Loosigian strolled into the Elliott Street shop one day, where he’d worked for a time, and saw the guitar on the counter. “I recognized it as Joe Perry’s immediately,” he says. “I bought it for $4,200 and a trade-in Firebird 1. I restored it. It had pits all over the fingerboard, Japanese style plastic tuners and brass speed dials. Also, there were no covers on the pickups. I fixed all that, put on Kluson tuners and Gibson pickup covers and had it refretted.”
Thanks to Gibson Custom and Perry, you can now own the closest possible thing to Joe’s most prized guitar, in the form of one of a very limited run of replicas based on exclusive access to the original. The Joe Perry 1959 Les Paul was created from painstaking examination and measurement of the original guitar and delivers the full tone, feel and look of this highly prized ’Burst. It is available now in a limited run of 50 guitars aged and hand-signed by the artist, 100 aged guitars, and 150 finished in Gibson’s VOS process.
The recreation starts with a solid, one-piece premium lightweight mahogany body married to a hand-selected maple top. The guitar is finished in an exclusive Faded Tobacco Burst with Historic “Vintage” aniline red and dark walnut dye on the back, sides, and back of the neck, just like the original The hand-aged examples show characteristic wear that authentically matches the playing wear on the original, while the VOS guitars display a gently-aged patina in the finish and hardware.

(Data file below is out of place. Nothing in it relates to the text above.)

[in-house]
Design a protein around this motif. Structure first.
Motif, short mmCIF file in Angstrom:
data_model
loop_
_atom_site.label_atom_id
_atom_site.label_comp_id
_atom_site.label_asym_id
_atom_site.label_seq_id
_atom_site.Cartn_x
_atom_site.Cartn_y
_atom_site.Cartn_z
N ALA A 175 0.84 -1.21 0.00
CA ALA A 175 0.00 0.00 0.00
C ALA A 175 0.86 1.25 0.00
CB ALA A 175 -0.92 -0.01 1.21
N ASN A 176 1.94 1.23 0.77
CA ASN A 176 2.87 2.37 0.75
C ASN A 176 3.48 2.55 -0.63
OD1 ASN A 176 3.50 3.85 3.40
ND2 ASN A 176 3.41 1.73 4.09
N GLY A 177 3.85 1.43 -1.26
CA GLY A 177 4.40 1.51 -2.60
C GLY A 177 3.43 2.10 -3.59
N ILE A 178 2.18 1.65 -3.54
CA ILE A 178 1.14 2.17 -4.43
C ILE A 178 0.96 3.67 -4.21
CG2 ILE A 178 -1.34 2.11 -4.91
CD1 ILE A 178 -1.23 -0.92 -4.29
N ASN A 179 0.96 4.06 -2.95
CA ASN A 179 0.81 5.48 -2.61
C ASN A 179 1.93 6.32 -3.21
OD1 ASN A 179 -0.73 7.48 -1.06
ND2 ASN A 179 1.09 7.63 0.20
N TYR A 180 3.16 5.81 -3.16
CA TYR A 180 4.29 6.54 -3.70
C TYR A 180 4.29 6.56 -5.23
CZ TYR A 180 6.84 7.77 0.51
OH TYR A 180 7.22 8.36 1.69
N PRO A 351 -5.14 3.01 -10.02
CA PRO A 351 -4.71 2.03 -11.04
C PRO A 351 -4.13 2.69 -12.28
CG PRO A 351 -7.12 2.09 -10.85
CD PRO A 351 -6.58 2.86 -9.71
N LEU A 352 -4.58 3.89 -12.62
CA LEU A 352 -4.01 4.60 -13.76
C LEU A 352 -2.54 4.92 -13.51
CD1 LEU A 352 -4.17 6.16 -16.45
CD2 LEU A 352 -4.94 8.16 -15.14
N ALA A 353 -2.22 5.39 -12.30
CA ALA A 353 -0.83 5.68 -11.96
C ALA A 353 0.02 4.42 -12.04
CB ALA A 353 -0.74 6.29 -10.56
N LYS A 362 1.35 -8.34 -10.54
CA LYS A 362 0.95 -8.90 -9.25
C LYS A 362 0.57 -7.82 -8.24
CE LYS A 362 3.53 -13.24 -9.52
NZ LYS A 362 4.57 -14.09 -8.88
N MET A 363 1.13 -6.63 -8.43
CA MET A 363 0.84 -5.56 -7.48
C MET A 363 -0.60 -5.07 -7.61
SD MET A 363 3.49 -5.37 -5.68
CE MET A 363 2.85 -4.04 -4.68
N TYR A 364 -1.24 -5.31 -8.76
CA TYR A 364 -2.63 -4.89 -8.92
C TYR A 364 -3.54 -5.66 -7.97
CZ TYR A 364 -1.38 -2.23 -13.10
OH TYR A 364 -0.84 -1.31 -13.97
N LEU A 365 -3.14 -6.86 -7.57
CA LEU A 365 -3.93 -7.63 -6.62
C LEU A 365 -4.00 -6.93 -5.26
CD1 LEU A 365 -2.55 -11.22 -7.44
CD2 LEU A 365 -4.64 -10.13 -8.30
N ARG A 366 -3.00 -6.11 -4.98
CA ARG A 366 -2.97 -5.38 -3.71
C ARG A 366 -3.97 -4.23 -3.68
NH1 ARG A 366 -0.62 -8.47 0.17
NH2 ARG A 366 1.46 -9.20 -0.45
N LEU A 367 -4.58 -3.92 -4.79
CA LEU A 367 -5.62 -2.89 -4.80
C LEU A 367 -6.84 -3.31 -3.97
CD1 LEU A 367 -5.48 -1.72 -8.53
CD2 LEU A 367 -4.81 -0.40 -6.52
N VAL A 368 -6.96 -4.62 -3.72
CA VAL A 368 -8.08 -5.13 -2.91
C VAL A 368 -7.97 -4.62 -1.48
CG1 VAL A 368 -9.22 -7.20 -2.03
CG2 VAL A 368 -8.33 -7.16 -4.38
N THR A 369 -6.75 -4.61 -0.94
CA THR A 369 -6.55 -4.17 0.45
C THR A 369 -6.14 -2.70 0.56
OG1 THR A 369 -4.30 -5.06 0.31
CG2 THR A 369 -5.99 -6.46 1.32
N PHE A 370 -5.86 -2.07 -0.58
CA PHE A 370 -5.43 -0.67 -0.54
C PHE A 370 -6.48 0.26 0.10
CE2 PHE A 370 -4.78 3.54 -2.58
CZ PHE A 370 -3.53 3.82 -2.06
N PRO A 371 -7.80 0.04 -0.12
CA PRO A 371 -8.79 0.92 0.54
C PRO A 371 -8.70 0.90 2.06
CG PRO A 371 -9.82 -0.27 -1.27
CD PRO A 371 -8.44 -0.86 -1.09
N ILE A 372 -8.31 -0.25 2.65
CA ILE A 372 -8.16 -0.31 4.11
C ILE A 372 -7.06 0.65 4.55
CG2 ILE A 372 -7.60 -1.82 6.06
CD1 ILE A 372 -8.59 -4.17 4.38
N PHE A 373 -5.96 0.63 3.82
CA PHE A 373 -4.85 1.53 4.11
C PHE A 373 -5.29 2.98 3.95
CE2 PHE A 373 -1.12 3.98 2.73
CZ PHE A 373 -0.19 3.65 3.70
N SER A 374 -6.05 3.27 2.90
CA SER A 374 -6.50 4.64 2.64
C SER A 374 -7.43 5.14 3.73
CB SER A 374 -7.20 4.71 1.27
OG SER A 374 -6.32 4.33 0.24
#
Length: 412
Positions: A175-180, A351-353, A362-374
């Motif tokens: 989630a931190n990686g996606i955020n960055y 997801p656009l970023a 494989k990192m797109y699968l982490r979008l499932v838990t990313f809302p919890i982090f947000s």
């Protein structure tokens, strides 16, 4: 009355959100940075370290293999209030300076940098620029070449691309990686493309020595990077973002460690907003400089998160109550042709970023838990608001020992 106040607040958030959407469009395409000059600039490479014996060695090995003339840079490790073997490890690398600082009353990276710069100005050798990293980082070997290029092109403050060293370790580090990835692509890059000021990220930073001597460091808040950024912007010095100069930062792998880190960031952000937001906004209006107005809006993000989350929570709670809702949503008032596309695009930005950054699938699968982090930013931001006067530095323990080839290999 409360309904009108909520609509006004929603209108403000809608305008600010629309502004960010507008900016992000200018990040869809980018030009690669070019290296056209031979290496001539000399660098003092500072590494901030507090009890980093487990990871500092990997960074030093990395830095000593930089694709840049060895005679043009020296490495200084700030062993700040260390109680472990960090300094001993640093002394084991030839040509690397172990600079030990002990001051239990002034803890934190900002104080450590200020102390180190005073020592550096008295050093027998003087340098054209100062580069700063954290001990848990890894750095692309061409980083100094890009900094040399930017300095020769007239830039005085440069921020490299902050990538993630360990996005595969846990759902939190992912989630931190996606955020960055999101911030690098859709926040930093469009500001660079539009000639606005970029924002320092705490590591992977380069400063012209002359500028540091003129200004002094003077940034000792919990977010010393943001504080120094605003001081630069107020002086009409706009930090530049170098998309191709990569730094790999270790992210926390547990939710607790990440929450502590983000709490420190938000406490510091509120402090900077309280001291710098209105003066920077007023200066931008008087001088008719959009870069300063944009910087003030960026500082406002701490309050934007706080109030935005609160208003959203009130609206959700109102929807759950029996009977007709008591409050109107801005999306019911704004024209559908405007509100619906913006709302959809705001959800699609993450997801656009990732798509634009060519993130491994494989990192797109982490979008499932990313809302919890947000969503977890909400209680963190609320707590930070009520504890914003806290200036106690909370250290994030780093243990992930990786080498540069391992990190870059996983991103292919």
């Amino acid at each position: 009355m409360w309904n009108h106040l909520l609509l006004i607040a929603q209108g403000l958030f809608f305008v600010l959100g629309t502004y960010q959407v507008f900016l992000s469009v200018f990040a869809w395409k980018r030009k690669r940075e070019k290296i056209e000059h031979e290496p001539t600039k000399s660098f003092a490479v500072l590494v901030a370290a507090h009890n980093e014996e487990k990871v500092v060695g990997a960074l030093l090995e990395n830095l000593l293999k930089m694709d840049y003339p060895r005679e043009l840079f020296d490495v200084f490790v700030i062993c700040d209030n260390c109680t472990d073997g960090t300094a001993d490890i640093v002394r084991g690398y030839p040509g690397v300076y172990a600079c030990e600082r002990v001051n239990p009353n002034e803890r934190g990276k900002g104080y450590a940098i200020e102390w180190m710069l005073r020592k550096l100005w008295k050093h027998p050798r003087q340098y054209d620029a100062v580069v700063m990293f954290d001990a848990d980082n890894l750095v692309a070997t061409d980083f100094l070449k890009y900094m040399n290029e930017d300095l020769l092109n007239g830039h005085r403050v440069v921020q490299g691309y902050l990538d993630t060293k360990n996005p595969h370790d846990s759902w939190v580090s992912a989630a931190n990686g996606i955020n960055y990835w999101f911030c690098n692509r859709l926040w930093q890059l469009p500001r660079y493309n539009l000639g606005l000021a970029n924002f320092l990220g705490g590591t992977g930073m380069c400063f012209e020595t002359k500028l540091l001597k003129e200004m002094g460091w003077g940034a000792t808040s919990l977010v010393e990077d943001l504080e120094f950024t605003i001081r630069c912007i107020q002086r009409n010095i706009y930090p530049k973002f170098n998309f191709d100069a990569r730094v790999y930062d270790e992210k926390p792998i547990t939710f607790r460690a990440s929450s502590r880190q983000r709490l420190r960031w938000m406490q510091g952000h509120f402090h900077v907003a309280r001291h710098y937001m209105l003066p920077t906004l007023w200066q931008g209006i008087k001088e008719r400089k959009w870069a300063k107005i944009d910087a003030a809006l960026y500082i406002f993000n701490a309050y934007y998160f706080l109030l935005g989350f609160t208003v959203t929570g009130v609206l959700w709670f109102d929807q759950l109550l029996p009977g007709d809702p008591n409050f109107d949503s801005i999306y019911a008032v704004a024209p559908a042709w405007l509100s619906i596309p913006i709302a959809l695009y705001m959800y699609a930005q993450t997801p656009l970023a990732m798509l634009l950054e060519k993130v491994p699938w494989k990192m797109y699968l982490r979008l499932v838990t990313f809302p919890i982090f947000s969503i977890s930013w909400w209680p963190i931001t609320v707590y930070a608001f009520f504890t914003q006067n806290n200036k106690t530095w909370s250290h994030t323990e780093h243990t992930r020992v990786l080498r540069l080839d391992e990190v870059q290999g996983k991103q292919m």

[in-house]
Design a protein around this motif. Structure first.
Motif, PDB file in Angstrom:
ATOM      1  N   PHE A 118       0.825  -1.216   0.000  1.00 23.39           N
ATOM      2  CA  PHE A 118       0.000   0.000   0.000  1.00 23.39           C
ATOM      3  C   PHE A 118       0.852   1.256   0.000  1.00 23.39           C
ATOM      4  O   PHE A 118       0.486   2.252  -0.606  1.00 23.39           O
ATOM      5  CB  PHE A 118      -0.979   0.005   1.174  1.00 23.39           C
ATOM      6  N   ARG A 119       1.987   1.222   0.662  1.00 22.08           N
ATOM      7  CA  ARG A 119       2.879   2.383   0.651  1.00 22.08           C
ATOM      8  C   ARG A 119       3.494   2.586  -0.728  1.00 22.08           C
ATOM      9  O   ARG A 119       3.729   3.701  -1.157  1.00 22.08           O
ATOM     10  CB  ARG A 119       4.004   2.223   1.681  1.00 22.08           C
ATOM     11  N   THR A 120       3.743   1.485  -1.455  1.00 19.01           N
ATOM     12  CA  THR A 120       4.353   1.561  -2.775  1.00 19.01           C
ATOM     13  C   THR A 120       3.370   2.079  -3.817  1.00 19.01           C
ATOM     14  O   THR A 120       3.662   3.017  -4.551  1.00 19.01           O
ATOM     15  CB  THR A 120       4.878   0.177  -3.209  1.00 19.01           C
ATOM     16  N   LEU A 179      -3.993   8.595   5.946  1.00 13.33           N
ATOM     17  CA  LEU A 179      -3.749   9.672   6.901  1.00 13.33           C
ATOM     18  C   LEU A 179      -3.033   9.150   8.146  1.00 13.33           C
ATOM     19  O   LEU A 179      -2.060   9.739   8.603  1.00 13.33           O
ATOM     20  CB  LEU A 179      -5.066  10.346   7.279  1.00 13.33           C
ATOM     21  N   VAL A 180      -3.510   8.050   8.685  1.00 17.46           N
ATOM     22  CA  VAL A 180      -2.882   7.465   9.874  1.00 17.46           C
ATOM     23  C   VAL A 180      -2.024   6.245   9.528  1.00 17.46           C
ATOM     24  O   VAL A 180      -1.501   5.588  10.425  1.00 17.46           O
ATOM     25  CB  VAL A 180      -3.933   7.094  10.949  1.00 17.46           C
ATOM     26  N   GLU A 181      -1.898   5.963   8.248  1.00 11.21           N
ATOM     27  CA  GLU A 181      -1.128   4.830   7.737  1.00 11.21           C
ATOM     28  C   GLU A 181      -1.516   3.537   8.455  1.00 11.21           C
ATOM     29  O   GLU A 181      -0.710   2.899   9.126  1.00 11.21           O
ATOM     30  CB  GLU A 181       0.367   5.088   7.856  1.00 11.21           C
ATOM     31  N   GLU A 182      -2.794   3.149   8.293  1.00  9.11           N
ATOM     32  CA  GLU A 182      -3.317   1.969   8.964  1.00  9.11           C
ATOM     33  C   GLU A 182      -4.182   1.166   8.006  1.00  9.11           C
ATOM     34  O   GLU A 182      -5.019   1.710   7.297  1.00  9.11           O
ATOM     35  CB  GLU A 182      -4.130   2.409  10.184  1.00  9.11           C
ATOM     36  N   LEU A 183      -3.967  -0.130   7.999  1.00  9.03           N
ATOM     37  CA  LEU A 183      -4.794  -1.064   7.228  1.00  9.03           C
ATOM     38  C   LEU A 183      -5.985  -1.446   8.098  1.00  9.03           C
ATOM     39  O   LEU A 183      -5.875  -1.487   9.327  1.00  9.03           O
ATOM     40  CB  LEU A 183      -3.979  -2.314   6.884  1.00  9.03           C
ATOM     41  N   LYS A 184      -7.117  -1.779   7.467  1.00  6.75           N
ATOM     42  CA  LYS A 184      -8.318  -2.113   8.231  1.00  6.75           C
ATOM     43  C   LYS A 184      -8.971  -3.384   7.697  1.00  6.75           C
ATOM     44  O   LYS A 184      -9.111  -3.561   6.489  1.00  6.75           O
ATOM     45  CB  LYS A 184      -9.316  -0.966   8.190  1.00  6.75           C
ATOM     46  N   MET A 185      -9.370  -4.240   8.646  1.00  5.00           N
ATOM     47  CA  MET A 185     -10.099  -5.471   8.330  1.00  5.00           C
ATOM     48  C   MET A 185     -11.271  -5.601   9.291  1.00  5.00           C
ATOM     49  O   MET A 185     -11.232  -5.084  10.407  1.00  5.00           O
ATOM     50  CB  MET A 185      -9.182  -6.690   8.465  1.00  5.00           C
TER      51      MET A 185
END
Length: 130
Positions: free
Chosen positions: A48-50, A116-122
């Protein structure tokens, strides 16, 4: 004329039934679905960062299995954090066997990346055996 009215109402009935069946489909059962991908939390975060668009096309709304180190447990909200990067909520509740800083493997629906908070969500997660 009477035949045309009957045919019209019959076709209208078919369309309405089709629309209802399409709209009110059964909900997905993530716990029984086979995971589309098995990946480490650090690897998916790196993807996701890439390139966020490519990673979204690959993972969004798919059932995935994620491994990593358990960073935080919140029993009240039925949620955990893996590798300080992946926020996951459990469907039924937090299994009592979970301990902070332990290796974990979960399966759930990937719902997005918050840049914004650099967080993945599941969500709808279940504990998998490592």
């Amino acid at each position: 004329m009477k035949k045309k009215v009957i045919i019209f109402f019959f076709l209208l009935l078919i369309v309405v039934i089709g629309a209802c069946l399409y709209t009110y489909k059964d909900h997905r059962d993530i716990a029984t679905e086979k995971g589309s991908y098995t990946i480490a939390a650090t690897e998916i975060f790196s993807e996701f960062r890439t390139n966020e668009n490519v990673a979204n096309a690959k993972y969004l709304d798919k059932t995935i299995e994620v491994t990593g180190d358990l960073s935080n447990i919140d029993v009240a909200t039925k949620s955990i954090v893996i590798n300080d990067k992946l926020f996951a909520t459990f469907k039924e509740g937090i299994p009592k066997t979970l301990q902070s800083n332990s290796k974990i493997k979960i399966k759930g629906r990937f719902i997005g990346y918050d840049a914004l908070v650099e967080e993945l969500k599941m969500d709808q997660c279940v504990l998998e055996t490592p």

The neck is carved from a single piece of quarter-sawn mahogany and profiled to a full and sweetly rounded ’59 shape derived from precise measurement of Joe’s own guitar, then topped with a one-piece rosewood fingerboard inlaid with period-correct cellulose trapezoids. A set of Kluson Deluxe tuners, a lightweight aluminum stopbar tailpiece, and ABR-1 bridge complete a period-correct hardware complement, while vintage cream binding, gold Top Hat knobs, and a cream plastic pickguard enhance the guitar’s vintage looks.
The Joe Perry 1959 Les Paul sounds every bit as phenomenal as it looks and feels, thanks to a pair of Custombucker humbucking pickups designed to closely match the original PAFs in Joe’s guitar. Each is made with an Alnico 3 magnet and wound with accurate plain-enamel 42 AWG plain-enamel wire to specs determine by close measurement of the original pickups, with a neck pickup that reads around 8k ohms and bridge pickup that’s slightly hotter at 8.5k ohms for plenty of authentic growl.
Controls include the traditional independent volume and tones, with “bumble bee” tone caps on the latter, and a three-way Switchcraft axial toggle selector. Put it all together, and it’s like making this well-traveled, rock-history-making Les Paul your very own—but the Joe Perry 1959 Les Paul is only available in strictly limited numbers, so reserve yours now at your authorized Gibson Custom dealer.
Each guitar includes a Brown Custom Shop hardshell case, along with Certificate of Authenticity, owner’s manual and adjustment literature, and Gibson Custom’s Limited Lifetime Warranty and 24/7/365 Customer Service.
For more about this guitar, check out its page on Gibson.com.
To read Perry's account of this guitar's history, head here.